has been awarded a $480 million contract to supply the US Army with prototype
augmented reality systems for use in combat missions and training, according to a filing with the General Services Administration.
The contract could eventually lead to the military purchasing over 100,000 AR headsets as part of a program to "increase lethality by enhancing the ability to detect, decide and engage before the enemy," according to Bloomberg, which reported the news earlier Wednesday. AR headset rival MagicLeap was also reported to have been bidding for the Army's contract.
"Augmented reality technology will provide troops with more and better information to make decisions," a Microsoft spokesman said in a statement. "This new work extends our longstanding, trusted relationship with the Department of Defense to this new area."
The deal comes as big tech companies' work with the US military has raised questions among their employees about the ethics of supplying technology that will be used in warfare. In October, Google walked away from bidding on a huge Defense Department project because of employee objections to the company's prior involvement with Project Maven and the possibility that the project may not align with Google's principles for ethical use of artificial intelligence.
Microsoft legal chief Brad Smith defended the company's bidding on that project, which involves moving massive amounts of Pentagon internal data and processing power to a commercially operated cloud system.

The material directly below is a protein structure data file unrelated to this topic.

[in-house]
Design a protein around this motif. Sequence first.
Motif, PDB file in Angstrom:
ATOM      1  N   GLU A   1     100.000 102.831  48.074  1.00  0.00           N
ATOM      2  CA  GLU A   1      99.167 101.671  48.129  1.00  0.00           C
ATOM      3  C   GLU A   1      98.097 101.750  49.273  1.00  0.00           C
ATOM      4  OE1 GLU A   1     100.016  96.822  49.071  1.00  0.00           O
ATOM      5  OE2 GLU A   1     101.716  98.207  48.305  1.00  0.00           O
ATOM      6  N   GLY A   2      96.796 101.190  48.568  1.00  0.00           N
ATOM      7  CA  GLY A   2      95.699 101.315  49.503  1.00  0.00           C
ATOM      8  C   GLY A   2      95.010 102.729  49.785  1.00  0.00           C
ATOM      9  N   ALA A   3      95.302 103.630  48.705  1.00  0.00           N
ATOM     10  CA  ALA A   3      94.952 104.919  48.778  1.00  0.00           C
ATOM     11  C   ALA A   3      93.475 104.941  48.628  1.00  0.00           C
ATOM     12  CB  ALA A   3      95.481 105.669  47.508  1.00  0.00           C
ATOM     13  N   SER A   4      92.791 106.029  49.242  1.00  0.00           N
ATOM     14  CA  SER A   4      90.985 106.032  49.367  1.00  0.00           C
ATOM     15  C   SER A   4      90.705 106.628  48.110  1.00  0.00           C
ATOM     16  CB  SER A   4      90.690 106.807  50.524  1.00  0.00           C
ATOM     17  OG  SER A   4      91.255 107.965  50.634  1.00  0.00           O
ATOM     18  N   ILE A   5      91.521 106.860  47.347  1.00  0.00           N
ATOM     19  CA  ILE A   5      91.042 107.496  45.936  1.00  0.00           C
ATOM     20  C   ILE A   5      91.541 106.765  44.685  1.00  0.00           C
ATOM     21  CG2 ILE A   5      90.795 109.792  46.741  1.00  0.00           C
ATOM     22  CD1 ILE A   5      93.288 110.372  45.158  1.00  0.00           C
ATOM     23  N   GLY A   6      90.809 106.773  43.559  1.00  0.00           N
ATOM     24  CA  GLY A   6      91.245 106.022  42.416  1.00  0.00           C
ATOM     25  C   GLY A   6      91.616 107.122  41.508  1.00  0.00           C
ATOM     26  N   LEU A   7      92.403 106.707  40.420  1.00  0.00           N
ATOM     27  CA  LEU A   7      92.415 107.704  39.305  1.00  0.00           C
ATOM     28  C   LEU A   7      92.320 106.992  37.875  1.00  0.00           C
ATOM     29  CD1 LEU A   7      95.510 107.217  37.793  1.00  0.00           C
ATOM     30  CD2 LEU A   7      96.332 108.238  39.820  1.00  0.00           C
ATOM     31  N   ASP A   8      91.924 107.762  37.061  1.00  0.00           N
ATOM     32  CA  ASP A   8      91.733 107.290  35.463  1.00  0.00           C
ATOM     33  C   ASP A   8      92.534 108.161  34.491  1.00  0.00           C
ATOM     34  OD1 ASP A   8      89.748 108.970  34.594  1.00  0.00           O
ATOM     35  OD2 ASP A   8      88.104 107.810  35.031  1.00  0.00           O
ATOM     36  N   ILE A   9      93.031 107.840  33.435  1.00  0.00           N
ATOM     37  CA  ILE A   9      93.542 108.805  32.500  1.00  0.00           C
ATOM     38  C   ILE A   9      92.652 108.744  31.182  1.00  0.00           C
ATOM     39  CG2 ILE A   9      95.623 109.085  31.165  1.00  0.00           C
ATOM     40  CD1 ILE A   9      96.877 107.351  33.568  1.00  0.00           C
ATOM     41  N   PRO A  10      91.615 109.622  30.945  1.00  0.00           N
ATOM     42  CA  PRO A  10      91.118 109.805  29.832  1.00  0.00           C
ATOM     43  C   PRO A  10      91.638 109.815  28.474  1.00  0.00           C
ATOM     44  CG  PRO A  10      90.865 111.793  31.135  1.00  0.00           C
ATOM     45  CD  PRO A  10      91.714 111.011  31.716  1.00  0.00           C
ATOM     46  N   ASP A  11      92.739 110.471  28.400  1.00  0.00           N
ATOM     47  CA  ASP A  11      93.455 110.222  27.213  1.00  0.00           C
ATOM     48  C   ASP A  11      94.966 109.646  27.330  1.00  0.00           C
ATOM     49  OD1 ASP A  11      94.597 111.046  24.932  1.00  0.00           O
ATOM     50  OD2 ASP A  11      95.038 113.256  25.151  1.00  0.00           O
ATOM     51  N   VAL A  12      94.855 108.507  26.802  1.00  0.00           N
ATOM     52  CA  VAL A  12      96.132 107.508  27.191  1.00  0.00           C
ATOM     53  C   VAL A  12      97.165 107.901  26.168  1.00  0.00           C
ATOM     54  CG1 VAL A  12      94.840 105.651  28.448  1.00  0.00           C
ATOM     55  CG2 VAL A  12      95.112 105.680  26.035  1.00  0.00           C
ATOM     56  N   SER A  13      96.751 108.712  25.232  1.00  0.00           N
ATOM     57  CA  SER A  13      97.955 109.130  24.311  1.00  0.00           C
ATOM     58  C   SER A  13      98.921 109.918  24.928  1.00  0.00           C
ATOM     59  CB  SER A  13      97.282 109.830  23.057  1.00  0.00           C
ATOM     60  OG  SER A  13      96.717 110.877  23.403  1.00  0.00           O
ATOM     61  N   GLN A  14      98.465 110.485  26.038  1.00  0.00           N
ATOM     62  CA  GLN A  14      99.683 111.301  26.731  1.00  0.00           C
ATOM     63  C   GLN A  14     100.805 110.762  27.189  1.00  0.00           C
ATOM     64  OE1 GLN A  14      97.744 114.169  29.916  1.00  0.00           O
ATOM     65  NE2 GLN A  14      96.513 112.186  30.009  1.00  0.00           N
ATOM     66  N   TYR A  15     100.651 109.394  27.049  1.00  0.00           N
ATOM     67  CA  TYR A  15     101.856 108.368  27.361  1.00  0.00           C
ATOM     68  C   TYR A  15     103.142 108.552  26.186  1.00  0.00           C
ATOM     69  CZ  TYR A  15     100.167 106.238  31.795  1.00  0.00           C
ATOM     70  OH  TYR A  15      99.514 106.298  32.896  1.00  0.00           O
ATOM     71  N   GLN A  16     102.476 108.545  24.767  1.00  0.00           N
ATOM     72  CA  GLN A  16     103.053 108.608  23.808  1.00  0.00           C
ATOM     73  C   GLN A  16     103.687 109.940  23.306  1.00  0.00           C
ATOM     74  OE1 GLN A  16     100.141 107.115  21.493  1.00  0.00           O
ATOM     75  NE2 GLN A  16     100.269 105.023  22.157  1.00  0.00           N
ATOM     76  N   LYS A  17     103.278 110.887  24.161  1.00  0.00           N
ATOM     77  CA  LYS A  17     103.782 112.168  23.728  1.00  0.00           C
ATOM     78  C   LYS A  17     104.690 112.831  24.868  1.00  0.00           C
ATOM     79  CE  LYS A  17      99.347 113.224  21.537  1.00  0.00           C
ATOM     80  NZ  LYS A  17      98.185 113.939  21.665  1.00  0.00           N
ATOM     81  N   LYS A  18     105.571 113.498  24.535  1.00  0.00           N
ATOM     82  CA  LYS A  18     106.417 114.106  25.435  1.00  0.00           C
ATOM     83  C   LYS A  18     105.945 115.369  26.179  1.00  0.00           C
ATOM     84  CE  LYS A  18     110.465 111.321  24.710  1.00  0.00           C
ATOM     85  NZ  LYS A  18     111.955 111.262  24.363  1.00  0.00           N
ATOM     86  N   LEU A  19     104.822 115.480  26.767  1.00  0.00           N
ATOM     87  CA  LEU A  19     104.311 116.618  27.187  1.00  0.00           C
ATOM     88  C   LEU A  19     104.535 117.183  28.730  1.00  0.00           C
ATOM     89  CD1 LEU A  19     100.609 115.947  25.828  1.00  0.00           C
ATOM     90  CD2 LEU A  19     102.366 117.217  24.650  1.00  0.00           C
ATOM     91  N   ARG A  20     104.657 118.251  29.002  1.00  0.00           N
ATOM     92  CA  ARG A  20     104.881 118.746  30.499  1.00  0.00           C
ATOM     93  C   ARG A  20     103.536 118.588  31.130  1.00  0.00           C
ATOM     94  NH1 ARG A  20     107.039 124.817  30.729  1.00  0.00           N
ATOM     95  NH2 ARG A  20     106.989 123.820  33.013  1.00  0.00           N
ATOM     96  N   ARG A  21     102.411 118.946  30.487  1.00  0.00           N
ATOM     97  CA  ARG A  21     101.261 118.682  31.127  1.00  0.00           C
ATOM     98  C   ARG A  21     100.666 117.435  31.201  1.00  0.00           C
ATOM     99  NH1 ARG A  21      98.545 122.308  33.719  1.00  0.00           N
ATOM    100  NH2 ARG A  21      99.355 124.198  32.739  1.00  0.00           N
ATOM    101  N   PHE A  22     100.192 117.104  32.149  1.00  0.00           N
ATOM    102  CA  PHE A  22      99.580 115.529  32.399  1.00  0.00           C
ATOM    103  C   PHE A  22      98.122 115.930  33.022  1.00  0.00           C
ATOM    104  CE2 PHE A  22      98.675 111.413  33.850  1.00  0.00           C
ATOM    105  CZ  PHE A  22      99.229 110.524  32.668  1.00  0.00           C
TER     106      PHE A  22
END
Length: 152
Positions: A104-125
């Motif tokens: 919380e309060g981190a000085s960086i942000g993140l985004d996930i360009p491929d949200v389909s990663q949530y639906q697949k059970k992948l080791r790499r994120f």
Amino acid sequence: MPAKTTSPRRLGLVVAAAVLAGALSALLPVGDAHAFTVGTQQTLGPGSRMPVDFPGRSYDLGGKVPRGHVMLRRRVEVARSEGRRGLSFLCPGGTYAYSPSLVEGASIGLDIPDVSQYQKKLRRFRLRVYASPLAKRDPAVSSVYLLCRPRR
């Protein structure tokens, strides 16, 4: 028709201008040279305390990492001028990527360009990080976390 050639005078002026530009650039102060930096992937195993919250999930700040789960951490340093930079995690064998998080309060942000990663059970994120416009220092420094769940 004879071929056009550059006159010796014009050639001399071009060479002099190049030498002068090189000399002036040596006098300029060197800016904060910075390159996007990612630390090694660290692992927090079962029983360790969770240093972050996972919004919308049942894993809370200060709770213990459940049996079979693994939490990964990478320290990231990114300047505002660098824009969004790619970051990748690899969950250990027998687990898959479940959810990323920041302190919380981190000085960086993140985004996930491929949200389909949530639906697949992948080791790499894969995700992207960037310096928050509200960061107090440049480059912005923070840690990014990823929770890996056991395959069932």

"We want the people of this country and especially the people who serve this country to know that we at Microsoft have their backs," Smith wrote in a blog post.
Unlike virtual reality, which immerses goggle-wearing users in digital worlds, AR overlays images and data atop views of the real world.
There are a handful of VR headsets out there, like Google Daydream View, Oculus Go and Samsung Gear VR, but not as many AR devices. Microsoft's HoloLens is one of the few, but companies like Google, Apple and Samsung are rumored to be working on their own.
Representatives for the Army didn't immediately respond to a request for comment.
First published Nov. 28 at 5:08 p.m. PT.
Update at 5:31 p.m.: Added Microsoft statement.
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